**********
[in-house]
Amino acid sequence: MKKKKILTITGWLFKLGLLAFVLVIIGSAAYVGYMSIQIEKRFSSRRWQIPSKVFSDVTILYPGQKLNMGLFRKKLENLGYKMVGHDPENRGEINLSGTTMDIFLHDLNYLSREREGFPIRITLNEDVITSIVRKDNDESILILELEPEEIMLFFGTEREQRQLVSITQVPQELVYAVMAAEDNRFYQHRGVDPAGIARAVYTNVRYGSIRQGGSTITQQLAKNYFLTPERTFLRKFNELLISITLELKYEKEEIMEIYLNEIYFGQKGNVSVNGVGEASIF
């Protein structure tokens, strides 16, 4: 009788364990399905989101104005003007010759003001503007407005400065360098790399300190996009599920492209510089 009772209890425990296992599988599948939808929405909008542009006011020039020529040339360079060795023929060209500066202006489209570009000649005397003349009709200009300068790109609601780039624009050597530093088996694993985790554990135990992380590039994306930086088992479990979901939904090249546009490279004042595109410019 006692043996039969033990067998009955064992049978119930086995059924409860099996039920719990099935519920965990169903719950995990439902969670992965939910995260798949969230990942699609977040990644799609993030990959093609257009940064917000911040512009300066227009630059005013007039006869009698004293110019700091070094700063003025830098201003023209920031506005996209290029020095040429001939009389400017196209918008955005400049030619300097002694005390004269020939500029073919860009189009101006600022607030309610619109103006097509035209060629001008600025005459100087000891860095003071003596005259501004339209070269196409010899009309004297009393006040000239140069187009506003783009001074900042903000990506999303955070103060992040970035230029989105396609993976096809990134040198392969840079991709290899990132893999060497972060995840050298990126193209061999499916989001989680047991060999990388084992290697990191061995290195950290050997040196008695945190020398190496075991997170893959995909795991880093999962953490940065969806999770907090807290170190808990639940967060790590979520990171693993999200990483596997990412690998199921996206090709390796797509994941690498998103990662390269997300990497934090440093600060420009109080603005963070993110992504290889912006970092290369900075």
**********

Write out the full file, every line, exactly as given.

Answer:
[in-house]
Amino acid sequence: MKKKKILTITGWLFKLGLLAFVLVIIGSAAYVGYMSIQIEKRFSSRRWQIPSKVFSDVTILYPGQKLNMGLFRKKLENLGYKMVGHDPENRGEINLSGTTMDIFLHDLNYLSREREGFPIRITLNEDVITSIVRKDNDESILILELEPEEIMLFFGTEREQRQLVSITQVPQELVYAVMAAEDNRFYQHRGVDPAGIARAVYTNVRYGSIRQGGSTITQQLAKNYFLTPERTFLRKFNELLISITLELKYEKEEIMEIYLNEIYFGQKGNVSVNGVGEASIF
């Protein structure tokens, strides 16, 4: 009788364990399905989101104005003007010759003001503007407005400065360098790399300190996009599920492209510089 009772209890425990296992599988599948939808929405909008542009006011020039020529040339360079060795023929060209500066202006489209570009000649005397003349009709200009300068790109609601780039624009050597530093088996694993985790554990135990992380590039994306930086088992479990979901939904090249546009490279004042595109410019 006692043996039969033990067998009955064992049978119930086995059924409860099996039920719990099935519920965990169903719950995990439902969670992965939910995260798949969230990942699609977040990644799609993030990959093609257009940064917000911040512009300066227009630059005013007039006869009698004293110019700091070094700063003025830098201003023209920031506005996209290029020095040429001939009389400017196209918008955005400049030619300097002694005390004269020939500029073919860009189009101006600022607030309610619109103006097509035209060629001008600025005459100087000891860095003071003596005259501004339209070269196409010899009309004297009393006040000239140069187009506003783009001074900042903000990506999303955070103060992040970035230029989105396609993976096809990134040198392969840079991709290899990132893999060497972060995840050298990126193209061999499916989001989680047991060999990388084992290697990191061995290195950290050997040196008695945190020398190496075991997170893959995909795991880093999962953490940065969806999770907090807290170190808990639940967060790590979520990171693993999200990483596997990412690998199921996206090709390796797509994941690498998103990662390269997300990497934090440093600060420009109080603005963070993110992504290889912006970092290369900075």